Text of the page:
The opening of 'Game Theory' doesn't prepare us for the end. Which would be fine, save for a sense during the intervening scenes of wondering where we're going. Pamela Carter and Selma Dimitrijevic have developed a play which raises more questions than answers, which again would be perfectly acceptable in a theatrical context, except that the questions themselves seem as wrapped in mind-set as one of the play's characters often seems to be.
This reviewer remembers being on the Falls Road in Belfast during the late nineteen seventies, listening to a woman tell him; 'Son, you're too young to remember the bombing' (of the Second World War) 'Let me tell you, this is worse.' In the run-up to the most recent presidential elections in Zimbabwe, a Matabele grandmother caring for her orphaned grand-children was quoted as saying of her fellow villagers, 'We will eat grass before we vote for that man' (Robert Mugabe). To begin to appreciate the depth of feeling of those bereaved, displaced and denigrated by the political, social, racial or religious attitudes of others is a long hard road in someone else's shoes.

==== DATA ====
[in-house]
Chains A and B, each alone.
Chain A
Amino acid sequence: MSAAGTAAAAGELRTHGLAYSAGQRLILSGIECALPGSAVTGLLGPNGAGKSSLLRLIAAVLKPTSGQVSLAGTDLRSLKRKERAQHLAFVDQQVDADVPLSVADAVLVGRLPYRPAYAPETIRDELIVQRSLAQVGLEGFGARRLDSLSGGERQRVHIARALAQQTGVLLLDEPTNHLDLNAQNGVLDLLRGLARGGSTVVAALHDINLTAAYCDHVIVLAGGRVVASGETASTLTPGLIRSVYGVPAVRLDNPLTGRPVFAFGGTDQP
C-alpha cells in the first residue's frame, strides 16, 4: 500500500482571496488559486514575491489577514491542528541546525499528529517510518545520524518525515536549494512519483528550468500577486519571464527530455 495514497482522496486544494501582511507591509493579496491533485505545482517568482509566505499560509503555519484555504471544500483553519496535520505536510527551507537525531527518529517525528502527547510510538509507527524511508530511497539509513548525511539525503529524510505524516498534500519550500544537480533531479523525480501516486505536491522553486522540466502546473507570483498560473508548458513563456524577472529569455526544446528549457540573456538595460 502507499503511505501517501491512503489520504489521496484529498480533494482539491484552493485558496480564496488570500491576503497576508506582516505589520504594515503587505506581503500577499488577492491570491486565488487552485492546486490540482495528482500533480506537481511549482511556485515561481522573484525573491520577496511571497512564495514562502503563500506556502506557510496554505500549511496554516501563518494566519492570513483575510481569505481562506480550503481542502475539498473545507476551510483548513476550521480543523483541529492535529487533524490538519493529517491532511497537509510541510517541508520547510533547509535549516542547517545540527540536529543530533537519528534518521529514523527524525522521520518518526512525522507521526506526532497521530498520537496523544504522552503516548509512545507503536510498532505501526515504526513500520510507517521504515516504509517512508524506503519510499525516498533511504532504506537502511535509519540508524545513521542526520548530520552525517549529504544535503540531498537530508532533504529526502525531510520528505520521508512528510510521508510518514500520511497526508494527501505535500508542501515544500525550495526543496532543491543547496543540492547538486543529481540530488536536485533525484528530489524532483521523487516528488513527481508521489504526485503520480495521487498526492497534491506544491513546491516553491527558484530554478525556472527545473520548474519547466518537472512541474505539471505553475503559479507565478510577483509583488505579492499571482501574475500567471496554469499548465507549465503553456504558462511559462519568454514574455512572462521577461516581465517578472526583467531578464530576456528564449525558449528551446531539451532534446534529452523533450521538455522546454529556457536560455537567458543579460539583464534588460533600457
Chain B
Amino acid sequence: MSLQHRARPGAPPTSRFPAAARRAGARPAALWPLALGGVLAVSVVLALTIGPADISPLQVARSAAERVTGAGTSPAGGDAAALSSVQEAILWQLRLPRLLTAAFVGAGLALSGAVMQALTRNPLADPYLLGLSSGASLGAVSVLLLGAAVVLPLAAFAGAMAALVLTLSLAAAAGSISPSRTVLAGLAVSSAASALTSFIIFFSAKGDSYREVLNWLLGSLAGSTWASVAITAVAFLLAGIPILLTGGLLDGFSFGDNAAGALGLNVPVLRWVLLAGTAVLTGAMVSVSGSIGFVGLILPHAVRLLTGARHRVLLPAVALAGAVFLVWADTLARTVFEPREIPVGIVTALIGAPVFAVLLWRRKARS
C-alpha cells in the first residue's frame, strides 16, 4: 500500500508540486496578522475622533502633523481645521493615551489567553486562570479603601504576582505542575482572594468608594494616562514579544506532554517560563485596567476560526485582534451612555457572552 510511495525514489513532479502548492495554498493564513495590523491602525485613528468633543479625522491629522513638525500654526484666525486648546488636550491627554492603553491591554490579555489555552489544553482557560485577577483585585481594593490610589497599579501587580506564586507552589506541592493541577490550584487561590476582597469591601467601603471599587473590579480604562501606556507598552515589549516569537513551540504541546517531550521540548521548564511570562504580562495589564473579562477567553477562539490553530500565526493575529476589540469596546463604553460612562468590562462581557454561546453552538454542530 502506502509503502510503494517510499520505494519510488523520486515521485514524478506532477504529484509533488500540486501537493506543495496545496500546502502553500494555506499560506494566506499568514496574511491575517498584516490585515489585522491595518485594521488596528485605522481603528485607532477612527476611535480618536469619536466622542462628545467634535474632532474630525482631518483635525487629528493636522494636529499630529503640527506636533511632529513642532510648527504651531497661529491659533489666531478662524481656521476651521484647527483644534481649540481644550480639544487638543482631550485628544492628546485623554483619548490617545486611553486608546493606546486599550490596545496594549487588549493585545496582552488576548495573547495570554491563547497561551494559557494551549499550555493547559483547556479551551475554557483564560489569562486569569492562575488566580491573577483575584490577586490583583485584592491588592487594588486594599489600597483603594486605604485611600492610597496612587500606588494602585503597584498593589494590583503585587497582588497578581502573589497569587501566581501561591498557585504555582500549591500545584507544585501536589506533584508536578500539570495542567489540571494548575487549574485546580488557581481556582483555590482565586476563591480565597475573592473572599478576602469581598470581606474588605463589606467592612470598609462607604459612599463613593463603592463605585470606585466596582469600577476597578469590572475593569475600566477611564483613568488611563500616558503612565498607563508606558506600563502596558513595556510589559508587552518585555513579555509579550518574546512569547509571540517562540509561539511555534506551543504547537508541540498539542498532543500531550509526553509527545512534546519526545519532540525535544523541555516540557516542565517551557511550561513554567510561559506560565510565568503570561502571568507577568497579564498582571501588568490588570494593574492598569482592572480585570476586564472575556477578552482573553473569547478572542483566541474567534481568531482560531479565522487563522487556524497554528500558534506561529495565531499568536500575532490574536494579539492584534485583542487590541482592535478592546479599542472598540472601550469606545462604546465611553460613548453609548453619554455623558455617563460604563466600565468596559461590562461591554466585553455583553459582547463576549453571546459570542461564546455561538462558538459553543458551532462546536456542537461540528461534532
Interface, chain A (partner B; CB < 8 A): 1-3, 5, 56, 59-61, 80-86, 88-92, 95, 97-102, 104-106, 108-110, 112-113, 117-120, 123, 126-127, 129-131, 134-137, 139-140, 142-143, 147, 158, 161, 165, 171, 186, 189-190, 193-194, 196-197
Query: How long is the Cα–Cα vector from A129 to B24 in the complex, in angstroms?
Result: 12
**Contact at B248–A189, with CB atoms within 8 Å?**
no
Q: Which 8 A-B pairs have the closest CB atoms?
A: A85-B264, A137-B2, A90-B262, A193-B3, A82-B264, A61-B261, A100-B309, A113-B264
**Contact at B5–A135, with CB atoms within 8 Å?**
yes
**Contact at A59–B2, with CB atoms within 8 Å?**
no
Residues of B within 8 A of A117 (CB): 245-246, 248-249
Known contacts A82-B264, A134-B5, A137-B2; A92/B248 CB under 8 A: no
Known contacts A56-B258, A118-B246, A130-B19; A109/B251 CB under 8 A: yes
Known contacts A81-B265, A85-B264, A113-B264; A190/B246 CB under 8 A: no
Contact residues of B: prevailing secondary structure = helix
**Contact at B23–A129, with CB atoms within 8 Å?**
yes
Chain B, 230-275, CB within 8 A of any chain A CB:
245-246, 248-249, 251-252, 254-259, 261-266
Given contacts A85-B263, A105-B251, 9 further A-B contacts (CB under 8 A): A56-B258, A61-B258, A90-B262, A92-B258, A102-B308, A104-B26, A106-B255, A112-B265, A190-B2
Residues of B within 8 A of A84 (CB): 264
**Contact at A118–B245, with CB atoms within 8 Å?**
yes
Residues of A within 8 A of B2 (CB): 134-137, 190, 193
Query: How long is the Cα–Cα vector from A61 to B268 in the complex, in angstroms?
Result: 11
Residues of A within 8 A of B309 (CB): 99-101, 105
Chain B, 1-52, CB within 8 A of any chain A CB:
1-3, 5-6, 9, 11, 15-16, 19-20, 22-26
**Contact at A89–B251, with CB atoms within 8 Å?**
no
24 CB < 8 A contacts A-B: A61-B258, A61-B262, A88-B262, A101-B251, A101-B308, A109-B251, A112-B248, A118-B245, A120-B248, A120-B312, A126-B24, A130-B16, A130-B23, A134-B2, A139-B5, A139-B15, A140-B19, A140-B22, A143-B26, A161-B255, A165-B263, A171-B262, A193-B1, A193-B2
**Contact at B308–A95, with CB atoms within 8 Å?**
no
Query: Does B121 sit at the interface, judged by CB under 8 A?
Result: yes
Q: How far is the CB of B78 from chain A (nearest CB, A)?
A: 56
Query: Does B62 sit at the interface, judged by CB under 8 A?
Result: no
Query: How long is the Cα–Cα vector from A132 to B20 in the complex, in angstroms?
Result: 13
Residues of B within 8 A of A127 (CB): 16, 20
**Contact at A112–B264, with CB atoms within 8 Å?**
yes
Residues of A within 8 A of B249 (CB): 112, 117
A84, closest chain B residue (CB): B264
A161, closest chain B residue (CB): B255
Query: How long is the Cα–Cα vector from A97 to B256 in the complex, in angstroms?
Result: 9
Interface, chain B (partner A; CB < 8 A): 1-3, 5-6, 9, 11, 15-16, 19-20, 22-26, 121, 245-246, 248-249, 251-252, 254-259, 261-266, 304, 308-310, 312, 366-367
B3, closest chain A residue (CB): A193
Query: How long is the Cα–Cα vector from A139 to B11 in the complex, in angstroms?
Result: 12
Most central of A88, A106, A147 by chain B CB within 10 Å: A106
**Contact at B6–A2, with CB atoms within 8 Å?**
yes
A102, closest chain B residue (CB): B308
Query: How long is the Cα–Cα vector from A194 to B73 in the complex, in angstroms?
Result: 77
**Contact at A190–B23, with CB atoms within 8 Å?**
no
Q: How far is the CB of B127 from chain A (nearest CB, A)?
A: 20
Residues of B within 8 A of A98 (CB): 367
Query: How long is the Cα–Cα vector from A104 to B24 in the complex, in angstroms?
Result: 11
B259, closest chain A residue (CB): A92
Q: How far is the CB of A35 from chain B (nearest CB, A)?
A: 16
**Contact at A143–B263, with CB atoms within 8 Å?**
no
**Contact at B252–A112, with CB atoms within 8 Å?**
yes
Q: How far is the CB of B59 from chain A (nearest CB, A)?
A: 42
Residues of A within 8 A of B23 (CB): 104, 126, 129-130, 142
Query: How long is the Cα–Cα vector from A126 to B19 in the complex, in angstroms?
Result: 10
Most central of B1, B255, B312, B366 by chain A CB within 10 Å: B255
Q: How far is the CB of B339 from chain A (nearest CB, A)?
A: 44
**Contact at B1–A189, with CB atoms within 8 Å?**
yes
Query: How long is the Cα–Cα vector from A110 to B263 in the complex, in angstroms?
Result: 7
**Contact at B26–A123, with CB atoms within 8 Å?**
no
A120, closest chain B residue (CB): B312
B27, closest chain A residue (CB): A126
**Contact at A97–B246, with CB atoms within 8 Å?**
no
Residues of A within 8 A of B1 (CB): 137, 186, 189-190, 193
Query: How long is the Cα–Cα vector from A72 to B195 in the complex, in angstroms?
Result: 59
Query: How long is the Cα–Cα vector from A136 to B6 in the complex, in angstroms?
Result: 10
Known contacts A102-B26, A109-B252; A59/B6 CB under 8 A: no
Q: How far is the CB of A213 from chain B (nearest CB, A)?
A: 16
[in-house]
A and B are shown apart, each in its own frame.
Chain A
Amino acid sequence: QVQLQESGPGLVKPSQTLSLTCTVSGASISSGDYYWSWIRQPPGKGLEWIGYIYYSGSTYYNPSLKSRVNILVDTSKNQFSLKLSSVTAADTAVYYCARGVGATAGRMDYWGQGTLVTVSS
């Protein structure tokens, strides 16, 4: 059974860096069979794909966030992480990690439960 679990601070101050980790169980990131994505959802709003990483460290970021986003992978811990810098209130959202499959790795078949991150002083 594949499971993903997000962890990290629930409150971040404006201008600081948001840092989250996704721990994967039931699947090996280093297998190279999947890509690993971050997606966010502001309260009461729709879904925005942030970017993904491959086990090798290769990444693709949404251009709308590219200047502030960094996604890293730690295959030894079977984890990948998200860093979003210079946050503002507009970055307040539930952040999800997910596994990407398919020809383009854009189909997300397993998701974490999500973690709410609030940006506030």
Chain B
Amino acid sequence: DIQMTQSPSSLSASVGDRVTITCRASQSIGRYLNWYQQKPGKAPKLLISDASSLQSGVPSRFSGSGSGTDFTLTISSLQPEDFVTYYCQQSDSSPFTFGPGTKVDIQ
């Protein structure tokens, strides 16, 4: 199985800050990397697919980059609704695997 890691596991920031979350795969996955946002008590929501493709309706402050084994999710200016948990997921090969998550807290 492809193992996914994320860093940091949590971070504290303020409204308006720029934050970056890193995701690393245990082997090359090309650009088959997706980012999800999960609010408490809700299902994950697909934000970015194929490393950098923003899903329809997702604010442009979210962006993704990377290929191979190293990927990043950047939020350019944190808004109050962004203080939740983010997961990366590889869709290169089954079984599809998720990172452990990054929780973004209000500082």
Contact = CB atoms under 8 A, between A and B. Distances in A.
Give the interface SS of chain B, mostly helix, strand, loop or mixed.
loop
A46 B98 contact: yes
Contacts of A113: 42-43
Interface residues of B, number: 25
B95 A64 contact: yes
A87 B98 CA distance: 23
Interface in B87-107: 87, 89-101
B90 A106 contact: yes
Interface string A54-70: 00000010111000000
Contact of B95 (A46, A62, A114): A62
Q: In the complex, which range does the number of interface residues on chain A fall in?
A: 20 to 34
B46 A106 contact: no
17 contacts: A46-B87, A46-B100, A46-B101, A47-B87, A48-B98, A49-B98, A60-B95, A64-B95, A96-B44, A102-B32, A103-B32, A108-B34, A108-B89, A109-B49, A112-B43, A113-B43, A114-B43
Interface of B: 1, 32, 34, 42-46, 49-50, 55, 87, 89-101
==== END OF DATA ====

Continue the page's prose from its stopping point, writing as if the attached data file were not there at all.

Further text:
How does anyone lacking the lived experience of daily trauma begin to deal with those on whose minds it remains indelibly etched? Possibly like Alexis Rodney's character you become as dubiously and facilely empathic as Tony Blair.
'Game Theory' begins by focusing on three nameless negotiators - Meg Fraser, Alexis Rodney and Connolly, each tentatively groping toward a from of words which will ensure them a 'peace with honour' they can 'sell' to their own particular constituents. The anonymity of persons, place and cause works well, and is in some ways the most satisfactory of the play's three scenes.
The location and focus change, however, to a family dealing with the return of one brother who has fled the war zone to a reunion with his two siblings who lived through the trauma which has engulfed their country. Tensions between them mount, but are not fully resolved.
One wonders if that is also the outcome of the meeting between Chris and Sarah, on opposite sides of a 'truth and reconciliation' process which both want to believe will enhance the prospects for peace in the younger generation.
Anonymity ultimately becomes incredulity through disengagement - there aren't enough solid anchors of time and circumstance to make us believe in the character's experiences. Ek Performance claim part of their mission is to produce theatre 'which reflects upon and raises questions about the world we live in.' This world, however, doesn't feel in any way close to the lived experiences this play attempts to touch on
Times: 14-26 August, (various times, see Fringe and Traverse programmes for details)
Copyright Bill Dunlop 2007, published on EdinburghGuide.com August 2007